Ontario Investing $16 Million To Improve Care In Emergency Rooms

News from the Government of Ontario

Posted August 19th, 2016 on Niagara At Large

Queen’s Park, Toronto – Ontario is providing more than $16 million to help patients receive quicker access to care in hospital emergency rooms across the province.emergency room

The province will provide funding to 20 municipalities across Ontario for 300,000 dedicated emergency room nursing hours at 49 hospitals this year.

Dedicated nurses will work exclusively on receiving low-acuity patients from ambulances, which will allow paramedics to respond to other 9-1-1 calls in the community rather than waiting in the emergency room.  Patients arriving at hospitals by ambulance with life-threatening conditions continue to be given priority by hospital staff.

Municipalities who have received funding for these dedicated emergency room nurses have already reported seeing improvements in delays and emergency room wait times.

Investing in this initiative is part of the government’s plan to build a better Ontario through its Patients First: Action Plan for Health Care, which provides patients with faster access to the right care, better home and community care, the information they need to live healthy, and a health care system that is sustainable for generations to come.


  • The dedicated offload nurses initiative was created in 2008-2009 to reduce ambulance offload times by providing municipalities with funding for dedicated nurses to offload patients in hospital emergency rooms.
  • Ontario’s health care budget has increased from $47.6 billion in 2012-13 to a total of $51.8 billion in 2016-17.
  • This year’s $51.8 billion investment in health care is a 2.1 per cent increase over last year – greater than the rate of inflation.


“I’m pleased that we can continue to invest in this initiative at hospitals across the province. Making these comprehensive investments ensures that the most effective practices are in place so we can continue to put the needs of our patients first. Thanks to the hard work of these dedicated emergency room nurses, we have seen a reduction in ambulance offload delays at hospitals.”  — John Fraser, Parliamentary Assistant to the Minister of Health and Long-Term Care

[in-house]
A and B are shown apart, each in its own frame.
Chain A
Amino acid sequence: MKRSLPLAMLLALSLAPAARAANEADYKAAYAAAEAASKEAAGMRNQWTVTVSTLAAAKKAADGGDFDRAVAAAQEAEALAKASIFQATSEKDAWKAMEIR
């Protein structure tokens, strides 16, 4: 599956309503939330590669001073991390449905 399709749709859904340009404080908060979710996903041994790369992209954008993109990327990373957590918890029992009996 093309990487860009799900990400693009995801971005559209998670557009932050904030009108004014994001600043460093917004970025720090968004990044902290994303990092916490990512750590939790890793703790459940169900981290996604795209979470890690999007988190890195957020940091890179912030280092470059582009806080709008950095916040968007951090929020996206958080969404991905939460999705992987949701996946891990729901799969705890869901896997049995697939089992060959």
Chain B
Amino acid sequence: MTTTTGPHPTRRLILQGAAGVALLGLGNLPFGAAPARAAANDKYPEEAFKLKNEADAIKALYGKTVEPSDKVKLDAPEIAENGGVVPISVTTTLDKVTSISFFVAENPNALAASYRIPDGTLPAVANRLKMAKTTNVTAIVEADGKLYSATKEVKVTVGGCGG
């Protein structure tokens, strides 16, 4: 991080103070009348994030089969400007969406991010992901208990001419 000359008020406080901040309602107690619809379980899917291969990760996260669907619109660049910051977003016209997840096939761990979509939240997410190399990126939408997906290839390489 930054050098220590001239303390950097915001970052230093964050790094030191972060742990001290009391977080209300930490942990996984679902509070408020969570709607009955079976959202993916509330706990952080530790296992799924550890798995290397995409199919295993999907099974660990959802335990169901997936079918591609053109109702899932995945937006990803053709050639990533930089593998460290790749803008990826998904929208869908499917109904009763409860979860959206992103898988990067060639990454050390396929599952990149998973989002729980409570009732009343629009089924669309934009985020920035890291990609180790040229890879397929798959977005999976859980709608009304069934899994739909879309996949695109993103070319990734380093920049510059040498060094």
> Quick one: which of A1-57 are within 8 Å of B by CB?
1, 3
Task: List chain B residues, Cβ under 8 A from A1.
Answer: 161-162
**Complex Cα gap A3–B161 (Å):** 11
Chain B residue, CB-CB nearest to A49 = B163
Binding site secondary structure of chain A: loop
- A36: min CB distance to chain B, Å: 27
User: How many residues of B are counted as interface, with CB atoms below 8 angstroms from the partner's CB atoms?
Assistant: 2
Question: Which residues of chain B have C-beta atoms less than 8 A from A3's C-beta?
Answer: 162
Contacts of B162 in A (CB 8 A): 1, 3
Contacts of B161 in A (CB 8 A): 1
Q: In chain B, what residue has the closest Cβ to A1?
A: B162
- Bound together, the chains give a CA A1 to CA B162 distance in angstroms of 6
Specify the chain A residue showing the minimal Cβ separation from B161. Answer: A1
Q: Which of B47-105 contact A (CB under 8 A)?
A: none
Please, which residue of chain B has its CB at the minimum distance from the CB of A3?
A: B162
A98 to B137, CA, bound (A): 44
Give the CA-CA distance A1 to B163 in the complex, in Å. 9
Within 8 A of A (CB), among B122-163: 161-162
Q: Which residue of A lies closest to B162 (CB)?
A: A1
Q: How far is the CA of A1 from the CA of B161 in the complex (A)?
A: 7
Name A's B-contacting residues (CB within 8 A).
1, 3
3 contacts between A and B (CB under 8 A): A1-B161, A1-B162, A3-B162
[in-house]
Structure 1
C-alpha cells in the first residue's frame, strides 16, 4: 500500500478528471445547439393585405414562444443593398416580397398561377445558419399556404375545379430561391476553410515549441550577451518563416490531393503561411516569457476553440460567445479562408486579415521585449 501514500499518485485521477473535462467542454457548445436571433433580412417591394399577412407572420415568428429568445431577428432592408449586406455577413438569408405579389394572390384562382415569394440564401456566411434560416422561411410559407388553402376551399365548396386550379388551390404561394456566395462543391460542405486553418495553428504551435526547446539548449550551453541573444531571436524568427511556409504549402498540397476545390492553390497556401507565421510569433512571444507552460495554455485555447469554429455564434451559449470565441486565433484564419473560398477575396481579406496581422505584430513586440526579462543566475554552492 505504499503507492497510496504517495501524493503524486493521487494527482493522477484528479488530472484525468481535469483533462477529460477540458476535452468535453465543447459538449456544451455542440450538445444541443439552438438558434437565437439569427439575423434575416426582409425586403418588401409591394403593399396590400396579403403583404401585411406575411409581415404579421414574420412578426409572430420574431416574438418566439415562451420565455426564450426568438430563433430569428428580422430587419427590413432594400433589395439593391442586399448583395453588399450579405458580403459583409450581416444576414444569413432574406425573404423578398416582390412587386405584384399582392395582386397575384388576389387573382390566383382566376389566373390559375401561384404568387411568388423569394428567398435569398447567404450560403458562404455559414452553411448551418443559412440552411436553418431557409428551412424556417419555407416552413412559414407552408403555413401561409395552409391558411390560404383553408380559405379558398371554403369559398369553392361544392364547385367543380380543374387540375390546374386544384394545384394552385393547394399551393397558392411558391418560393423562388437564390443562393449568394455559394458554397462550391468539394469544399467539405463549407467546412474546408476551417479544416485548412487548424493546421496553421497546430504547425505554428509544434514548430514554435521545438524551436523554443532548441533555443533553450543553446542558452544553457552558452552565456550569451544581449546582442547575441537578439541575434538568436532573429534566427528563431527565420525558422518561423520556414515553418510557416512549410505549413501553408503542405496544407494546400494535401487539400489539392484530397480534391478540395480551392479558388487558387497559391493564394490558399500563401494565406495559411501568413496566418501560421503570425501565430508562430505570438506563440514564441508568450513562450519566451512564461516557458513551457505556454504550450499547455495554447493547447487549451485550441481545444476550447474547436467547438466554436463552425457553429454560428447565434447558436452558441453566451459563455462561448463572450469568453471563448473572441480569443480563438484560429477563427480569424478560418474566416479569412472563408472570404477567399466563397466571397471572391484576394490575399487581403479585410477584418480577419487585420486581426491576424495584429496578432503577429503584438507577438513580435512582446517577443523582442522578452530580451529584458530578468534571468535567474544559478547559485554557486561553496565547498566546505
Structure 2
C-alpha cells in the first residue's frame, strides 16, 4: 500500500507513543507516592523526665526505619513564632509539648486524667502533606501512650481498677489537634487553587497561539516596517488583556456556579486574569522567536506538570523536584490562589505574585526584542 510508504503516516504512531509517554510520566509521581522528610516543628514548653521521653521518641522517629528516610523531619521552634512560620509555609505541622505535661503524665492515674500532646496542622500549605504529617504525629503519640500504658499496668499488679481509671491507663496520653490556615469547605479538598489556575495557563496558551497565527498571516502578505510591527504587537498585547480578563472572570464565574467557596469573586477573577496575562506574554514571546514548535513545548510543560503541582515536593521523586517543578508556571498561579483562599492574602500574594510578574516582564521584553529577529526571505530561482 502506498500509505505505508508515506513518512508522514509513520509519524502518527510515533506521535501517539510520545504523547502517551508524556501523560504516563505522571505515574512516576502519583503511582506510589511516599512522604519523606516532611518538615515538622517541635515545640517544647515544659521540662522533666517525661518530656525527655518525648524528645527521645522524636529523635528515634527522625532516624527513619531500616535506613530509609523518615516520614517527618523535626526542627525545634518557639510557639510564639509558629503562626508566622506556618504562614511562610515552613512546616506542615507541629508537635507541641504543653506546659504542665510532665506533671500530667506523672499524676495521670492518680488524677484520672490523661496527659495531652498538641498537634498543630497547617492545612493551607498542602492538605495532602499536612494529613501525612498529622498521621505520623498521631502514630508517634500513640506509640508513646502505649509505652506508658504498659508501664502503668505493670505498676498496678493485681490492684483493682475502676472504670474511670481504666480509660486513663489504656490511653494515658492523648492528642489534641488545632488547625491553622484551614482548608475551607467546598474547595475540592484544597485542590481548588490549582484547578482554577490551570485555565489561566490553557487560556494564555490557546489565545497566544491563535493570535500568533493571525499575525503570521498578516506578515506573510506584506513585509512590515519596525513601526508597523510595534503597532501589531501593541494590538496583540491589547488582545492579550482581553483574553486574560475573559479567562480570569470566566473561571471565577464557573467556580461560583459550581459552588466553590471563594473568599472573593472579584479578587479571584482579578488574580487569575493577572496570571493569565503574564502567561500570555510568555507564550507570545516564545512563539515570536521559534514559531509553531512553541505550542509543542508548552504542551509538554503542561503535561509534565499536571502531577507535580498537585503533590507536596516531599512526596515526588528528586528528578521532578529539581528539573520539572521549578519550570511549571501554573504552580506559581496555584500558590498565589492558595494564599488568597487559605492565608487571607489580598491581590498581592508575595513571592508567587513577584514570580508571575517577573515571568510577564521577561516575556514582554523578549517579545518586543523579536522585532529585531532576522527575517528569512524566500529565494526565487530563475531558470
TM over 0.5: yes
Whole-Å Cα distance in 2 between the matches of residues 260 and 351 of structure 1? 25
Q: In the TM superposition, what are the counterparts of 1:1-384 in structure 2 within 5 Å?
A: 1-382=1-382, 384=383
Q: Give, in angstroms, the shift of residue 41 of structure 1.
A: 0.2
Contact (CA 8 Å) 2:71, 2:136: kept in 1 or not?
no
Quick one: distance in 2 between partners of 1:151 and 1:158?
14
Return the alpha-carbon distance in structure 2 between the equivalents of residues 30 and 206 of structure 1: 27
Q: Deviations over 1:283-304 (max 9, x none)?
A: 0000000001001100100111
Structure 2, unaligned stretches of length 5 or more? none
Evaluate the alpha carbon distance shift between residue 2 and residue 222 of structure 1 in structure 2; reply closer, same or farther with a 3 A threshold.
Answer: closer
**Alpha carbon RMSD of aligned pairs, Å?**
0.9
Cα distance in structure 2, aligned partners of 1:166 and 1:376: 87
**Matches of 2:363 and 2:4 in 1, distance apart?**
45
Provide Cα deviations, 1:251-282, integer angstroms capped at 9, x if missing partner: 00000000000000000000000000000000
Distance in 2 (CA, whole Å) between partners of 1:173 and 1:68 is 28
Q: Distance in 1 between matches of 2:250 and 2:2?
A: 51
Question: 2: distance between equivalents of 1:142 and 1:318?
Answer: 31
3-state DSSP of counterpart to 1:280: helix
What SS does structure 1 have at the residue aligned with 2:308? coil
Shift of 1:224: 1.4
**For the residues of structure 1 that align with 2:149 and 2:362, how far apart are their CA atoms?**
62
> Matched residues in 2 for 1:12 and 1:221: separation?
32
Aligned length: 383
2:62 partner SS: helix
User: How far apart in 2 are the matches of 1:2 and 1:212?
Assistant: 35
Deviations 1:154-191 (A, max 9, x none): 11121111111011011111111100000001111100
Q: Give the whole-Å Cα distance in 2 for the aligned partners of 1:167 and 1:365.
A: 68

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One response to “Ontario Investing $16 Million To Improve Care In Emergency Rooms

  1. This may save time for paramedics in off loading, freeing them up for other emergencies, but will not speed up the seeing of patients by doctors. Long waits will continue in that respect.

    The back log will remain, only it will be on a stretcher in a hallway attended by a nurse (maybe, depending on the number assigned) rather than by paramedic crews. Nurses may take the initiative to ask the attending ER physician for the OK to perform lab tests, Xrays, EKG’s, start IV’s, etc., before the doctor sees the patient but most do that already so that point is moot.

    Another move by people who don’t know their posterior from a hole in the ground. While of benefit to the ambulance services, it is strictly cosmetic from the patient wait time standpoint.


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